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Myyong asked if I could do a post comparing the 2 proficiency tests, and here it is~! ^^ Some of the information only pertains to Singapore.



Quick Facts!

  • 3 times a year (Feb, Apr, Sept) – Feb only for Korea. Sept only for Singapore
  • Test fee: S$80 @ Singapore Korean School (SKS)
  • TOPIK elementary/ intermediate / advanced, B-TOPIK (business TOPIK)
  • 180 min (90 min grammar&writing, 90 min listening&reading)
  • 400 marks in total, 100 per section
  • Official Site: Korean

More info: Each multiple choice carry either 3 or 4 marks. The essay is worth 30 marks.

1. TOPIK elementary (Level 1/2)

2. TOPIK intermediate (Level 3/4)

3. TOPIK advanced (Level 5/6)

The grading system is more robust. To obtain the lower level pass for the paper, one must get an average score of >50 marks for the 4 sections and NOT get less than 40 marks for any section. To obtain the higher level pass for the paper one must obtain an average score of >70 marks for the 4 sections and NOT get less than 40 marks for any section. Past year papers can be obtained at the site.

* NOTE: A separate post on how to access those papers will be up soon for those who need it! ^^

Go under the cut for more~!

Uses: TOPIK seems to be more recognized in Korea and a min of Level 4 is required if you want to study in Korean universities.

My Opinions: The writing component is well-known as the killer section. For me, the essay is less of a problem compared to the short answer questions >.< Practice comes in handy here! One of my gripes is that we can only use a special black marker pen for the OMR sheet. SHEEET. >.< This means that you can’t change your answers at all, so just be confident when you mark the sheet! TOPIK definitely requires more preparation time and the practice papers are a great way to gauge your standard and decide which test to go for. I’ve only taken TOPIK once (the intermediate level) while I’ve taken KLPT twice. So I’ll have more to say on that ^^


Quick Facts!

  • 4 times a year (4th Sunday in Jan, Apr, Jul, Oct) – Oct only for Singapore
  • Test fee: S$125 @ NUS Extension (NEX)
  • KLPT and B-KLPT (Basic KLPT)
  • 110 min (40 min listening, 70 min for the rest)
  • All MCQs, no writing component
  • 100 questions, 500 marks in total
  • Official Site: English / Korean

More info: Unlike TOPIK, there is only one paper for KLPT. All applicants take the same paper, and your grade/level is determined by the score you get. The questions are usually arranged in order of difficulty, with the most difficult questions (level 5/6) at the back.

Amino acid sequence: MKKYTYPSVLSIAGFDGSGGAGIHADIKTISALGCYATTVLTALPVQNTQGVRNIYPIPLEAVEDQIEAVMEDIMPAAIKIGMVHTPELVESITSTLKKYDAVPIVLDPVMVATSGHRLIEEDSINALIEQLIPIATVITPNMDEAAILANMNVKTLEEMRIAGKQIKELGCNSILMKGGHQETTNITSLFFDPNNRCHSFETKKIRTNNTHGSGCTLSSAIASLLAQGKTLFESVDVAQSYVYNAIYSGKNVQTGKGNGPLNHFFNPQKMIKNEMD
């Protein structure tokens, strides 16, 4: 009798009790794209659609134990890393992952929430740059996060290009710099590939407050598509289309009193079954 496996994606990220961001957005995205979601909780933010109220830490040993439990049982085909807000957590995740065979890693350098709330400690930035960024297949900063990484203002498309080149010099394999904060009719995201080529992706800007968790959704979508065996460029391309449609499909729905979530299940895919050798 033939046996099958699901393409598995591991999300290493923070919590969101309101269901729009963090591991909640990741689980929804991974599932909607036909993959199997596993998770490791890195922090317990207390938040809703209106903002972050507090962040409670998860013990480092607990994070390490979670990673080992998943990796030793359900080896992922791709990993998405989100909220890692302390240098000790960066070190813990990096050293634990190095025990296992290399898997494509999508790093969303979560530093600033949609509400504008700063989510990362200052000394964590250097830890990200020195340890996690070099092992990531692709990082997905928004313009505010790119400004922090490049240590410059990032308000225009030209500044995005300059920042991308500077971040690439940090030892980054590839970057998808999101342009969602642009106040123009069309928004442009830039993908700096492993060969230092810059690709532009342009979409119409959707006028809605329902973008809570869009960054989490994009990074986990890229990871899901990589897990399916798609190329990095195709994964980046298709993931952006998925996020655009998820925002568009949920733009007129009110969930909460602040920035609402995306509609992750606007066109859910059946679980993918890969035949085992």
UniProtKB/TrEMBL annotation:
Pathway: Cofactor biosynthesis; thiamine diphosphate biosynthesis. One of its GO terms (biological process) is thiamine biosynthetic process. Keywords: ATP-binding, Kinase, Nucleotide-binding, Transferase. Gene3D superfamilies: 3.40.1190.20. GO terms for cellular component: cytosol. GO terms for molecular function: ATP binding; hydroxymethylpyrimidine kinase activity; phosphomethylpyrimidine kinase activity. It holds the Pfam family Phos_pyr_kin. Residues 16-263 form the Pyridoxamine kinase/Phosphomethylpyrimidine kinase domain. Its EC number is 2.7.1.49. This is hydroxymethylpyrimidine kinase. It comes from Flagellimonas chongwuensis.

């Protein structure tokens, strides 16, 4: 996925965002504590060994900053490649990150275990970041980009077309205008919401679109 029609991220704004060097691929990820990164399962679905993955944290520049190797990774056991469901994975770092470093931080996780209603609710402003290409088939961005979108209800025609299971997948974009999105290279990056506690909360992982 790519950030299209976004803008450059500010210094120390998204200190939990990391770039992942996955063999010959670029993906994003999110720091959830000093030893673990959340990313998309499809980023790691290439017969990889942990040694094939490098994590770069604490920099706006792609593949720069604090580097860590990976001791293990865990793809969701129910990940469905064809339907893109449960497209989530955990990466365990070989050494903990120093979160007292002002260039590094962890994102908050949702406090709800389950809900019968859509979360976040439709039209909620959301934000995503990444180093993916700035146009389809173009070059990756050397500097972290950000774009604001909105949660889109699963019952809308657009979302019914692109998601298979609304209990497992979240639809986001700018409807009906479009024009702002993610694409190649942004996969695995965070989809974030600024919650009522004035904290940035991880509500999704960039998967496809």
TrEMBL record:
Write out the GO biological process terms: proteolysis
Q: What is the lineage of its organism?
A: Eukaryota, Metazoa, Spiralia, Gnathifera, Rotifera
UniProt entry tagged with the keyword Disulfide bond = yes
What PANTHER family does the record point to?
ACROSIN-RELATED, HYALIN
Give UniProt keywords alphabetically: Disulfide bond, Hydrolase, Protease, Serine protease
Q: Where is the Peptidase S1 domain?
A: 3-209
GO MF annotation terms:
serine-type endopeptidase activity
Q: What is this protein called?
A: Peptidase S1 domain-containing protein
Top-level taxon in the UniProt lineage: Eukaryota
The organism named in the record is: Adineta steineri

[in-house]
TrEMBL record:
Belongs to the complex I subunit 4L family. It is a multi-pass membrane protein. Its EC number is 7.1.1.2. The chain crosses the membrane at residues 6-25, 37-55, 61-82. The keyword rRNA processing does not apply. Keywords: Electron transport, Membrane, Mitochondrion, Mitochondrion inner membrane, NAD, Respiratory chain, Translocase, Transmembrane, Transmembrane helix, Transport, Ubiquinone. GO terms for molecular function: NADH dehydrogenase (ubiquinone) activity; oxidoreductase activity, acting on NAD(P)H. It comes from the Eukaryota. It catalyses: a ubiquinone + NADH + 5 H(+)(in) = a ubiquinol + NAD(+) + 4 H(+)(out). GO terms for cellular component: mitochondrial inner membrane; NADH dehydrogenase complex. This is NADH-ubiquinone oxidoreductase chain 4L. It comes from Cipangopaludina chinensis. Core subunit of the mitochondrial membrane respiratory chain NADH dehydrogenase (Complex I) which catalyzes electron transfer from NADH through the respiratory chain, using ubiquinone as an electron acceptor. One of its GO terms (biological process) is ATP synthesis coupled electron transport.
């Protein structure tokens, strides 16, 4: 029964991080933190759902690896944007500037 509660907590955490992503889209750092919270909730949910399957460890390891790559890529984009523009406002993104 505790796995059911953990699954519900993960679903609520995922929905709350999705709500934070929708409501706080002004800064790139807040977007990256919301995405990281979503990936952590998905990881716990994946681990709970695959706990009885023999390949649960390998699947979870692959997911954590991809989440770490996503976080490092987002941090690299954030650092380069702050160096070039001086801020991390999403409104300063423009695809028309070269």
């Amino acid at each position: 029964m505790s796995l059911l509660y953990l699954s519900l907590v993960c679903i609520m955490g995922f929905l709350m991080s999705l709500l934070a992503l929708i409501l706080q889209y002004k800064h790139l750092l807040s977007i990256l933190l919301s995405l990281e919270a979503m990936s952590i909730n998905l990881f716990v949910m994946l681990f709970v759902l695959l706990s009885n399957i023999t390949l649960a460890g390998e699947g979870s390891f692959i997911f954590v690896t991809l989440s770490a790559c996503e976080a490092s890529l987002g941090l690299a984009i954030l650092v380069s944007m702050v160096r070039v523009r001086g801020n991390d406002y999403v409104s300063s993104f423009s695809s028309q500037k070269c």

Uses: Supposedly useful if you want to find work in Korea. However, if you get perfect score but still isn’t fluent, I guess it’s of not much use too. Not that useful for academic purposes. Most universities seem to either use TOPIK or have their own proficiency test.

My Opinions: The general consensus seem to be that KLPT is easier than TOPIK because of the lack of writing component. However, KLPT is not easier in other aspects. Personally, I find the  TOPIK listening really s.l.o.w and the KLPT one is much more modeled after natural speed. The reading passages are longer and much more challenging compared to those in TOPIK. So the difficulty level is balanced out.

Speed is important in the test. Don’t spend too much time agonising over the answers. Just go with your gut feeling if in doubt. Speed reading is a must-have skill. But since it’s all multiple choice, just shade something. DO NOT LEAVE ANYTHING BLANK. ^^

KLPT uses pencil for the OMR sheet, so you can change your answers~!

Because of the much higher cost of KLPT in Singapore, I’ll not recommend to take it every year. But rather, take it only when you have the confidence to jump at least 2 levels!

Oh. And do not take the B-KLPT. That’s just a waste of time and money! >.<


In conclusion: Paper-based tests are not accurate means of gauging proficiency, whatever their claims are. In particular, none of the tests include a particularly robust writing component. There’s no proper reading comprehension tests, unlike those we are so familiar with in our secondary/JC school days. Speaking component is conspicuously missing, which I’m sure all of us are rejoicing ^^ It saved our butt and allows us to get high scores while in actual, our competency in the language is lacking. (me for example)

Just take the test scores as a rough gauge of where you are, but the real test is when you are in Korea. Can you survive in ALL domains of life? ^^

For another comparison post, check out Equinox!

Here’s my take on the 2 tests. Please share your experiences too!! Looking forward to hear from you~!